Student & Blogger (Miles Immaculatae) on how the Church crisis shows at the Catholic Chaplaincy in the University of Glasgow...

Below is an account of a recent visit to the Catholic chaplaincy at Glasgow University, Turnbull Hall.

A fully fledged parish and one of the more apparently vibrant centres of Catholicism in the diocese, (Turnbull Hall) is often alleged to be a haven of doctrinal orthodoxy. On the foyer’s large notice board there were a number of posters and adverts, typical parish stuff. I decided to put up an innocuous flyer recalling the Blessed Virgin’s request at Fatima to pray the daily Rosary, and a small but potentially more incendiary flyer which concisely outlined John Paul II’s judgement on receiving Communion in the hand and the use of lay ‘extraordinary ministers’. Specifically, that “It is not permitted that the faithful should themselves pick up the consecrated bread and the sacred chalice, still less that they should hand them from one to another” (Inaestimabile Donum). My motive was that the more informed these impressionable students become, the more likely they are to ask questions about their pastors’ permissiveness towards liturgical abuses.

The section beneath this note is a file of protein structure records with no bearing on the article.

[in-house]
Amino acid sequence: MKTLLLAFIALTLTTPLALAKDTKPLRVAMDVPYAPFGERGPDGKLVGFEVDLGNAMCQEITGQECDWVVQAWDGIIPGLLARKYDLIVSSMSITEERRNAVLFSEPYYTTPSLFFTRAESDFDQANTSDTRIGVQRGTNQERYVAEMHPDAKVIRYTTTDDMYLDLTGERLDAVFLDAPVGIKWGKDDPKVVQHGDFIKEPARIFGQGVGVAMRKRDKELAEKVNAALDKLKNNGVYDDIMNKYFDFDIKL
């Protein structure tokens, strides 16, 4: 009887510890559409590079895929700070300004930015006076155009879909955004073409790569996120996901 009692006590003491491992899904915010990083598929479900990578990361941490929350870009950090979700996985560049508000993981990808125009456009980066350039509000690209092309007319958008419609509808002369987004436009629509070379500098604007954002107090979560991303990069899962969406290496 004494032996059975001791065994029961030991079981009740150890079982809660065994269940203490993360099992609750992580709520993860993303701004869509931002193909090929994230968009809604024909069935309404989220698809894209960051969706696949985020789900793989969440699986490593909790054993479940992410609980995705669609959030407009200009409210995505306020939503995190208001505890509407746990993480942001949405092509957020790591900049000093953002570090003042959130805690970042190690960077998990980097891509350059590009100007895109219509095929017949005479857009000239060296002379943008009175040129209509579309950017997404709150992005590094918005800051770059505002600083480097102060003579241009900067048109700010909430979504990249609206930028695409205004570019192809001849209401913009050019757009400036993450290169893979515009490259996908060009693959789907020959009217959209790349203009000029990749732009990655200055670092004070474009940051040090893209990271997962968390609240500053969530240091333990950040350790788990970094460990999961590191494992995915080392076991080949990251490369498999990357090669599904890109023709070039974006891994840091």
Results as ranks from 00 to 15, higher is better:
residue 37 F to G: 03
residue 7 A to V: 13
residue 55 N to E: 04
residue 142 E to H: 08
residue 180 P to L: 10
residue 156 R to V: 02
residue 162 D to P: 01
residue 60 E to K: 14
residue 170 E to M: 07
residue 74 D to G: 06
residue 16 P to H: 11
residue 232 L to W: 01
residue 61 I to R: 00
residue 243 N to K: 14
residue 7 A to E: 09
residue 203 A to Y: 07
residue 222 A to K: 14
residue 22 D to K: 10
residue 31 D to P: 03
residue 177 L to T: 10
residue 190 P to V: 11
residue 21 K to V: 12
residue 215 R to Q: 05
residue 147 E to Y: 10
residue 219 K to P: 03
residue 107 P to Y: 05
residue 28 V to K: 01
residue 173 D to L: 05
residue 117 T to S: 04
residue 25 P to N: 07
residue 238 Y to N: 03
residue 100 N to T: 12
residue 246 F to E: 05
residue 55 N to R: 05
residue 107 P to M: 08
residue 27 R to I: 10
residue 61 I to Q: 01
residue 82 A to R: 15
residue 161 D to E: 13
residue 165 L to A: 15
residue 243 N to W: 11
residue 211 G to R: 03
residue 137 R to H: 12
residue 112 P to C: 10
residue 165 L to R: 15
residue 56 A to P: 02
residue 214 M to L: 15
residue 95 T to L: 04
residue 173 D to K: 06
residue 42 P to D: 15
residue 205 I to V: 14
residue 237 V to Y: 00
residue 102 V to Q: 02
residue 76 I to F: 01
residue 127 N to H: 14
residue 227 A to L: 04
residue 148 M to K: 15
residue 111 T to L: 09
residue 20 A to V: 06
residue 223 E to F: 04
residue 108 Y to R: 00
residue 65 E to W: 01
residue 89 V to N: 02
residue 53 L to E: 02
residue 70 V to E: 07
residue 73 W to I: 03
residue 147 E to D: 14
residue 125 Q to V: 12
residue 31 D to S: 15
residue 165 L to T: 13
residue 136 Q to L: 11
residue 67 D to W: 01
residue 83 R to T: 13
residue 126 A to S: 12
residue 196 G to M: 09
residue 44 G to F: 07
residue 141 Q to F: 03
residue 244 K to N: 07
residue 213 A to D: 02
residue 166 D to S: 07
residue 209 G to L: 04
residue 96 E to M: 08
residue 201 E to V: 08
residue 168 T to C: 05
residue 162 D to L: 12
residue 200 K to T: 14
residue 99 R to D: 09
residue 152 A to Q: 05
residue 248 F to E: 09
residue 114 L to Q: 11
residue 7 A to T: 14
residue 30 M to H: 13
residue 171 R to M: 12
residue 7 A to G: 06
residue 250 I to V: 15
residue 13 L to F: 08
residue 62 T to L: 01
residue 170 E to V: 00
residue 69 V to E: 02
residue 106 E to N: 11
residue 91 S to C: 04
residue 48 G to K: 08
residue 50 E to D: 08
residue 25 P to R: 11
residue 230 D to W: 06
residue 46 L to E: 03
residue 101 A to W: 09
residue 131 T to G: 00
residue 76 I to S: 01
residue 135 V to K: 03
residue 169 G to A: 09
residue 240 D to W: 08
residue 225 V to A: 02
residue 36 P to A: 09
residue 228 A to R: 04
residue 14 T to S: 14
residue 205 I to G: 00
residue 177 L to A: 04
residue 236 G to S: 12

A short time later I returned and upon inspecting the notice board I saw the Fatima flyer. To my astonishment the flyer quoting John Paul II quote had been removed and the vacant space was accompanied with a new notice stating that only articles authorised by the secretary or parish priest were allowed from now on. Fair enough. And no surprised, because like many of its sister parishes, Turnbull enlists lay persons to minister the Chalice (although unlike neighbour churches not the Sacred Host).

Did I have reason to be astonished? After all,  these practices are the near exclusive norm in Scotland, so wasn’t I setting myself up for having it removed? Well perhaps, but consider how a sizeable troop of self proclaimed ‘conservatives’ have been infected with the Weigel-esque hyper-reverence for all things John Paul II, not least at Turnbull Hall, where the sickly cult for the late pontiff has taken a feverish hold. Indeed, it acts as the de facto diocesan shrine: the chapel houses a thoroughly adorned plinth on which rests a statue of the Polish Pope, posing heroically upon a lovingly appliquéd doily showing his coat of arms. In front, are stands for flowers and a candle rack on which burn not less than a few votive offerings, almost perpetually. This affection for the new Beatus is not contrived, it looks strikingly genuine, which makes this all a more unsettling sight.